Multistrata agroforestry systems mimic the structure of natural forests. Layered trees and crops achieve high rates of both carbon sequestration and food production.
Some existing agricultural systems can incorporate multistrata agroforestry; degraded lands can be converted or restored to it. If adopted on another 150.90–186.01 million hectares by 2050 (up from 100 million hectares currently), 13.26–23.94 gigatons of carbon dioxide equivalent greenhouse gases could be sequestered. The average sequestration rate of 4.45 metric tons of carbon per hectare per year is strong, as is the lifetime financial return of US$2.28–3.93 trillion on a US$70.44–120.03 billion initial investment and a lifetime net operational cost of US$186.24–319.82 billion.
We define the Multistrata Agroforestry solution as a perennial cropping system that features layers of carbon-sequestering vegetation. One or more layers of crops grow in the shade of taller trees. The structure and function resemble those of natural forests, in some cases simplified. The layers of trees and crops sequester substantial carbon while producing food. They also provide ecosystem services, such as habitat, erosion control, and water quality.
This solution replaces grazing on nondegraded tropical humid grassland. Though its adoption potential is modest, it can have a disproportionately high mitigation impact because it can offer the high sequestration rates of afforestation and forest restoration while providing food. It is worthy of a place at the center of land-based climate solutions. In tropical humid climates, efforts to protect and scale up multistrata agroforestry should be a high priority.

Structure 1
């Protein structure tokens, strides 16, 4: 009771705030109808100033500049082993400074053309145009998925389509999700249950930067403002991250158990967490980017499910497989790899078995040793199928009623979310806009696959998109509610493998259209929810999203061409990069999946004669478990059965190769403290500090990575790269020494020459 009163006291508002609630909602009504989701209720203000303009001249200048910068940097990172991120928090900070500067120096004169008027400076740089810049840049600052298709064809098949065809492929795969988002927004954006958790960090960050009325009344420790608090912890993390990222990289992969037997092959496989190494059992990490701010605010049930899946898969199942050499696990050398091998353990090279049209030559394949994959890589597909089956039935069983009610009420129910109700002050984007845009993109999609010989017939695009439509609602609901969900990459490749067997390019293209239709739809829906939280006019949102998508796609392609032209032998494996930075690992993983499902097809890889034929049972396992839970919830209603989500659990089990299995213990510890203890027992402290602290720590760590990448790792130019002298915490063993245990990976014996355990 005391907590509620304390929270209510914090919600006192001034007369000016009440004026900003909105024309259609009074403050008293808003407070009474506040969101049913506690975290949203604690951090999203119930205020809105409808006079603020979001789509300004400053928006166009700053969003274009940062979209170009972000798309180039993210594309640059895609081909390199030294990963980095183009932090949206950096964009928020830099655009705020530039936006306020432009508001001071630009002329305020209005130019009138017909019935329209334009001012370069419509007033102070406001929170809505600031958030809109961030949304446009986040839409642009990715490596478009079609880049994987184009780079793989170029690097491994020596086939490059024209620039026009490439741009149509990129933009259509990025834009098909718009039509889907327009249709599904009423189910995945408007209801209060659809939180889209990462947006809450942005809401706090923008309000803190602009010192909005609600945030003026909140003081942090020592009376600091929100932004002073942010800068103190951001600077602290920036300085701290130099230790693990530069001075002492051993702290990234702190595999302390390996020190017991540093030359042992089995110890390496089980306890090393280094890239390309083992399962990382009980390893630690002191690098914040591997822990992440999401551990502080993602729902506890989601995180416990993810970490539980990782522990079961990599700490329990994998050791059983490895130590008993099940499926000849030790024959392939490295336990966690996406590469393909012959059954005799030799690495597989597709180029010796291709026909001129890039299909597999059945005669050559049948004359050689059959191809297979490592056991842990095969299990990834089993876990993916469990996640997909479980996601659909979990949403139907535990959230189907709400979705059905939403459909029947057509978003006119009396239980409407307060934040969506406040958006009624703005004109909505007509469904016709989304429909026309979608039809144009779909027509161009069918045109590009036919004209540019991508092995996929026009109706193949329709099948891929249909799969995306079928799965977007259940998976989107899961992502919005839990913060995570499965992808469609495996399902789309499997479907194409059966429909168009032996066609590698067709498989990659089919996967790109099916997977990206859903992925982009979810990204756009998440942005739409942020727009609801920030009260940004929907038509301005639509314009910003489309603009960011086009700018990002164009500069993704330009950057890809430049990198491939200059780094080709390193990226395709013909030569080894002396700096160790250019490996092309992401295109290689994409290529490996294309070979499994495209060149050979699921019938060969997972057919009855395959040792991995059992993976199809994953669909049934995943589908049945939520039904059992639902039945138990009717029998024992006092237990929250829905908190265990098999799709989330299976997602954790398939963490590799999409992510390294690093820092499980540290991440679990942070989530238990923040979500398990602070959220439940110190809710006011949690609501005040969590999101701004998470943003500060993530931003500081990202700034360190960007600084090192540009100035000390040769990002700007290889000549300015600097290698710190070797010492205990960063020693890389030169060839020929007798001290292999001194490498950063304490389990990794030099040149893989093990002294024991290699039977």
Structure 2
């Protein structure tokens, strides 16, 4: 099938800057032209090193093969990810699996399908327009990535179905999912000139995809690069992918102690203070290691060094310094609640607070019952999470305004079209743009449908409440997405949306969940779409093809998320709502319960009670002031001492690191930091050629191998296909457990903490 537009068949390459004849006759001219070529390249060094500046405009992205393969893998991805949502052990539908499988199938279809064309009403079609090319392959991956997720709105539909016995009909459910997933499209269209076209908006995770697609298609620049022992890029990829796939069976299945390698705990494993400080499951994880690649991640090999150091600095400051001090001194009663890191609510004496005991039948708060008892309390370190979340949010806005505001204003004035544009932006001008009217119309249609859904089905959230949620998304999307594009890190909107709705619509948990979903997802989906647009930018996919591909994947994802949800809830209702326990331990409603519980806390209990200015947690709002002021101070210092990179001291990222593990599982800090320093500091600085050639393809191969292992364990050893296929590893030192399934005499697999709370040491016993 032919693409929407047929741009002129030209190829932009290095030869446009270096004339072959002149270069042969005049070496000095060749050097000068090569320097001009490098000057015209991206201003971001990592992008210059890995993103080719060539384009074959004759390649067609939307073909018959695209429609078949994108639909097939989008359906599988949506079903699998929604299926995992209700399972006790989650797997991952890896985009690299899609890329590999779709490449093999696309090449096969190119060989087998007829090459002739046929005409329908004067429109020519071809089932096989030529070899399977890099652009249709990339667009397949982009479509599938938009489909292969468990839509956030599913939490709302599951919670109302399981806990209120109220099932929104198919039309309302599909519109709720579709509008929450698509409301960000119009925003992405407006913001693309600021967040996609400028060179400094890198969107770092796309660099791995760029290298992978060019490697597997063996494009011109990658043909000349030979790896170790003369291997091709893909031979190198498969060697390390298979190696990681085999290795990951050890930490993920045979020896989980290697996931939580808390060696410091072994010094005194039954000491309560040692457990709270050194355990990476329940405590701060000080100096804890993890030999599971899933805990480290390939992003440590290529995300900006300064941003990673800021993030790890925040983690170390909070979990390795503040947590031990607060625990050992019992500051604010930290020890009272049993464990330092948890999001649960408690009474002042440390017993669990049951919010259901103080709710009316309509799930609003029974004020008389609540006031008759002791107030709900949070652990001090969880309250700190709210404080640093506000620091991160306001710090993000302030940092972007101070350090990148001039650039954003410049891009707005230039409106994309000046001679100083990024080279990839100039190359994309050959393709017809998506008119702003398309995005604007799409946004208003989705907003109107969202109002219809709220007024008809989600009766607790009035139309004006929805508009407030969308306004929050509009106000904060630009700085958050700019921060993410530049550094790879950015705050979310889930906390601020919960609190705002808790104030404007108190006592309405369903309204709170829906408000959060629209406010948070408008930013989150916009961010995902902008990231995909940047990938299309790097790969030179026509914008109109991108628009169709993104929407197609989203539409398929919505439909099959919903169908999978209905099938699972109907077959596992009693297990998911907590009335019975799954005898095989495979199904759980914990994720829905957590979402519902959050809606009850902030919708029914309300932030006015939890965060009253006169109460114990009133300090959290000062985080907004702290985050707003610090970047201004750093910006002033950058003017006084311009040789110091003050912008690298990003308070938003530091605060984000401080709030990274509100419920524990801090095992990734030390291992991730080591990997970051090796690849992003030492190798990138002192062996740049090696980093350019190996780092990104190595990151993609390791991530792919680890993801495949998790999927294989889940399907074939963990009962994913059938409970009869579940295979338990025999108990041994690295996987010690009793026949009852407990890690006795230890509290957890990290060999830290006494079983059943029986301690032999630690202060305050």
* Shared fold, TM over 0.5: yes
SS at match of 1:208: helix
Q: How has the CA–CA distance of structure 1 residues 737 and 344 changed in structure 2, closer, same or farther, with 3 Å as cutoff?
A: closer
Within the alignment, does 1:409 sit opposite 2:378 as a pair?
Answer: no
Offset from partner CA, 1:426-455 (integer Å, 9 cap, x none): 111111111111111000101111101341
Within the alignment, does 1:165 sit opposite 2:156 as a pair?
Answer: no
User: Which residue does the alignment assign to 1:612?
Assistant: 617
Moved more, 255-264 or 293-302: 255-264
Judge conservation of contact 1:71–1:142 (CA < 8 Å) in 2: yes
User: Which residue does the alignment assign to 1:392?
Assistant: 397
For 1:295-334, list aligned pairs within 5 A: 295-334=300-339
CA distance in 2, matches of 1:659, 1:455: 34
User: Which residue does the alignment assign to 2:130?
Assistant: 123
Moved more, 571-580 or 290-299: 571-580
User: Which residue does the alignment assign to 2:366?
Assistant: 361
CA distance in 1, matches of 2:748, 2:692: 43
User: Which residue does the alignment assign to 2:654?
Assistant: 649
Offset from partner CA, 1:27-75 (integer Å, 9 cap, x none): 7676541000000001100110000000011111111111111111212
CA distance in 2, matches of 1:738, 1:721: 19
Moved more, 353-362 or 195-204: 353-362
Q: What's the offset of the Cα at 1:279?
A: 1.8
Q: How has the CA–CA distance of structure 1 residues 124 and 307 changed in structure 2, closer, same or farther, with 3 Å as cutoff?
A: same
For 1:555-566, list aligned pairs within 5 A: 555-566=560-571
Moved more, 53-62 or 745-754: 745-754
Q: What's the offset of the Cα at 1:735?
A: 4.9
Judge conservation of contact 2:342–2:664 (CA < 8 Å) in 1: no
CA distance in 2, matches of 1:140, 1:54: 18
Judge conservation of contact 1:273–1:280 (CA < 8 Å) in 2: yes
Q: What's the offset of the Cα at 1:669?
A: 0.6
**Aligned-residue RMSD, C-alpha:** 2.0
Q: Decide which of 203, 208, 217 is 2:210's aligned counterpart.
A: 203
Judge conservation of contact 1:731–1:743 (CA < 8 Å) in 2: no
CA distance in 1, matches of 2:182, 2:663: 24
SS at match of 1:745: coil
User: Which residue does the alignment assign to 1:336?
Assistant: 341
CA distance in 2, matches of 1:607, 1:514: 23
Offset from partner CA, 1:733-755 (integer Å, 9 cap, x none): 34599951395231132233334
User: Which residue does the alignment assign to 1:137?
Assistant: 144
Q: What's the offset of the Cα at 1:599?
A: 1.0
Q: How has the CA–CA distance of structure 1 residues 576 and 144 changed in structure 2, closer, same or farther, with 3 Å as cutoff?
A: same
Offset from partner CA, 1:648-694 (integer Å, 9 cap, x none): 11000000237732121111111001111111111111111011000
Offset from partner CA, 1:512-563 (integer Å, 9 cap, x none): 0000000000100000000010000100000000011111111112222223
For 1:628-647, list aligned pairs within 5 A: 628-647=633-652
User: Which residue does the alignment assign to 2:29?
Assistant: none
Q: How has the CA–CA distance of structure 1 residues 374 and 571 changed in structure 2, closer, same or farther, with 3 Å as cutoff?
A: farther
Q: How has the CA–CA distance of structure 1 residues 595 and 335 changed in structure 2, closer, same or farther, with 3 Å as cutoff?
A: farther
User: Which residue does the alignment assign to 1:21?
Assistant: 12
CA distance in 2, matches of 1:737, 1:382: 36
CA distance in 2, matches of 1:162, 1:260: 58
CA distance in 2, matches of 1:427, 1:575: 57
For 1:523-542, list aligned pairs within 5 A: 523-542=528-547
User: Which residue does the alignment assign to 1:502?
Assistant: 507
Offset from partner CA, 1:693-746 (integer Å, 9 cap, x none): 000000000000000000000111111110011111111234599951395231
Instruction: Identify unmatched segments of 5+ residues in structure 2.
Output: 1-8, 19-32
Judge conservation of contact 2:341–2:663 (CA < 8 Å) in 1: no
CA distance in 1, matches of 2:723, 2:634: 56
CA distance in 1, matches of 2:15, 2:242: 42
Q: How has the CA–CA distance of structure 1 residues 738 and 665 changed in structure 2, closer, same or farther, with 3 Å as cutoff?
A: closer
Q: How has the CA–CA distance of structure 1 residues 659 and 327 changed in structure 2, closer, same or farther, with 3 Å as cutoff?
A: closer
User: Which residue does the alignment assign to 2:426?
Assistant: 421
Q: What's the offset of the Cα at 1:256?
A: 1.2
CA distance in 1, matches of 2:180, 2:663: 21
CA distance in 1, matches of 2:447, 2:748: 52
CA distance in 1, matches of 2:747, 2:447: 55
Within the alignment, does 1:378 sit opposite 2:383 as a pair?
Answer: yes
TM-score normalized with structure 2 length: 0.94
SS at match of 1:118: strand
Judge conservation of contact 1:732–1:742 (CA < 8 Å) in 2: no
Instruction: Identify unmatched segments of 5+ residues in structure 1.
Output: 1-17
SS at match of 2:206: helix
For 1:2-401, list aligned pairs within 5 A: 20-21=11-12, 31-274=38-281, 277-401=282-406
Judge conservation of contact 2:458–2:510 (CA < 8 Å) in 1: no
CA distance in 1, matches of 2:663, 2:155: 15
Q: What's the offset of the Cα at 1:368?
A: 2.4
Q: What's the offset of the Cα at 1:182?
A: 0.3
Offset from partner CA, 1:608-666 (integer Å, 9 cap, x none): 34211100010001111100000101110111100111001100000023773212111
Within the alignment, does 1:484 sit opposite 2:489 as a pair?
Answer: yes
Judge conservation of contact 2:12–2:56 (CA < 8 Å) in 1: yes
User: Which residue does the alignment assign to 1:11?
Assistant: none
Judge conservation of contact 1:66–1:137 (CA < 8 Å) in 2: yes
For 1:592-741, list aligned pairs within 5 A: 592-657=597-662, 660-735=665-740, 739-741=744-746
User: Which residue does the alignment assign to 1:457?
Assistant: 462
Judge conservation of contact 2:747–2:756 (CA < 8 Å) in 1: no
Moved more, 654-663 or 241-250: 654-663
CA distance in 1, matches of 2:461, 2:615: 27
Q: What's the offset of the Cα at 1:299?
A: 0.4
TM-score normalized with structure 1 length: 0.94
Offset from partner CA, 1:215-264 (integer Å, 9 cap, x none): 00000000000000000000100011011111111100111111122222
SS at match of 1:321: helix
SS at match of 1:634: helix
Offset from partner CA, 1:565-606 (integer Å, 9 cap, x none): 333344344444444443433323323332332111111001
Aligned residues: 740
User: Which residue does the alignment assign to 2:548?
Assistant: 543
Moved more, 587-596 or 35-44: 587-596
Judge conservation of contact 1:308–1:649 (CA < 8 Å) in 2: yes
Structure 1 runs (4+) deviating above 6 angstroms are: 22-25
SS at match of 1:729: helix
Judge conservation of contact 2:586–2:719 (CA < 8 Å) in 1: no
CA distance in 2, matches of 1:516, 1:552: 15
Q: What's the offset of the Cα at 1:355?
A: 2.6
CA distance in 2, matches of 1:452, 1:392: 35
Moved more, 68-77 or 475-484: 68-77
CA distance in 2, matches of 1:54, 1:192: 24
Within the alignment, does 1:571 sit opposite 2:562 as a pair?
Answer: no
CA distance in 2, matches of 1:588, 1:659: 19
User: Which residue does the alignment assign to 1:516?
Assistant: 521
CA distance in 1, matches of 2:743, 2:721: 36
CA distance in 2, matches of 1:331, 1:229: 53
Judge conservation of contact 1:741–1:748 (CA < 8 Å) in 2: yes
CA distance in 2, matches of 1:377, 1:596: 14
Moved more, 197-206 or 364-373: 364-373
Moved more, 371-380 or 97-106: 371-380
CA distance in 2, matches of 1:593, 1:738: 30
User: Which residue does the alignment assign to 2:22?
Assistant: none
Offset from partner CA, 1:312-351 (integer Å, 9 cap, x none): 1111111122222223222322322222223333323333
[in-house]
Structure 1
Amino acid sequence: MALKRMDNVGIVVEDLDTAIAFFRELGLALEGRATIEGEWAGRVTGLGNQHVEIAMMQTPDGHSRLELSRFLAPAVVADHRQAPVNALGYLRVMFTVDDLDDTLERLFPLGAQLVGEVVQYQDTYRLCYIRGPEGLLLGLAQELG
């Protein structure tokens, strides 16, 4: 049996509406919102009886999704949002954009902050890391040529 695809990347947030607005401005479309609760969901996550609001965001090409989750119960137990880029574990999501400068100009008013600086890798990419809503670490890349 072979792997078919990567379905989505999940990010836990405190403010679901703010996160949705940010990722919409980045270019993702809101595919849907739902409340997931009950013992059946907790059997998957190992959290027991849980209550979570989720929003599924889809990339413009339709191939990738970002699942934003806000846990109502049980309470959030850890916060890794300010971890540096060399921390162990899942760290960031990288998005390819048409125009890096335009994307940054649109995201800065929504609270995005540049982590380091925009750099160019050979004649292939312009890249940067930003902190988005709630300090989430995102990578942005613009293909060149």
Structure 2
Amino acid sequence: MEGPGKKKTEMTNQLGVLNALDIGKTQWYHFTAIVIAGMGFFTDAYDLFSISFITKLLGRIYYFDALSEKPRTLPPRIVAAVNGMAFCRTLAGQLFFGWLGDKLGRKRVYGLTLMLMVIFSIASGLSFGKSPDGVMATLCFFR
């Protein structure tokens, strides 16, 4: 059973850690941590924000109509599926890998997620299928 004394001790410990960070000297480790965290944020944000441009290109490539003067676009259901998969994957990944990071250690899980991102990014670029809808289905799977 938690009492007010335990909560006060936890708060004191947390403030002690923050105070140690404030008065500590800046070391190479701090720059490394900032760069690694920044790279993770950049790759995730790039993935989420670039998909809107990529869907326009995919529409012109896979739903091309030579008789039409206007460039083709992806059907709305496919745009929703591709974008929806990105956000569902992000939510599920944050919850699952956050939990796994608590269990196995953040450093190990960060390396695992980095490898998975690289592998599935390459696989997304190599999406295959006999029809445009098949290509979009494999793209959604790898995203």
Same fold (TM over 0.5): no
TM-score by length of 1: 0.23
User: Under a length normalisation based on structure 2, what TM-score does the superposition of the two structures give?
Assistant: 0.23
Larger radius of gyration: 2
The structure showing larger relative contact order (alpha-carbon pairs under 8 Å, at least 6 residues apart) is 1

Total Land Area
To determine the total available land we assessed the suitability of climate, soils, and slopes as well as degraded or nondegraded status. Then we allocated land using the Drawdown Agro-Ecological Zone model, based on priorities for each class of land. The maximum area allocated to multistrata agroforestry is 330 million hectares, and consists of nondegraded grassland.
Current adoption is allocated on nondegraded forestland. We estimate 2018 adoption at 100 million hectares (Nair, 2012).
We generated six adoption scenarios incorporating 1) projected adoption rates of 10 percent, 20 percent, or 30 percent of the land allocated; and 2) early adoption rates, with 70 percent of all adoption occurring by 2030.
We calculated impacts of increased adoption of multistrate agroforestry from 2020 to 2050 by comparing two scenarios with a reference scenario in which the market share was fixed at current levels.
- Scenario 1: Multistrata agroforestry is adopted on 150.90 million hectares (35 percent of the total available land).
- Scenario 2: Multistrate agroforestry is adopted on 186.01 million hectares (43 percent of the total available land).
Emissions, Sequestration, and Yield Model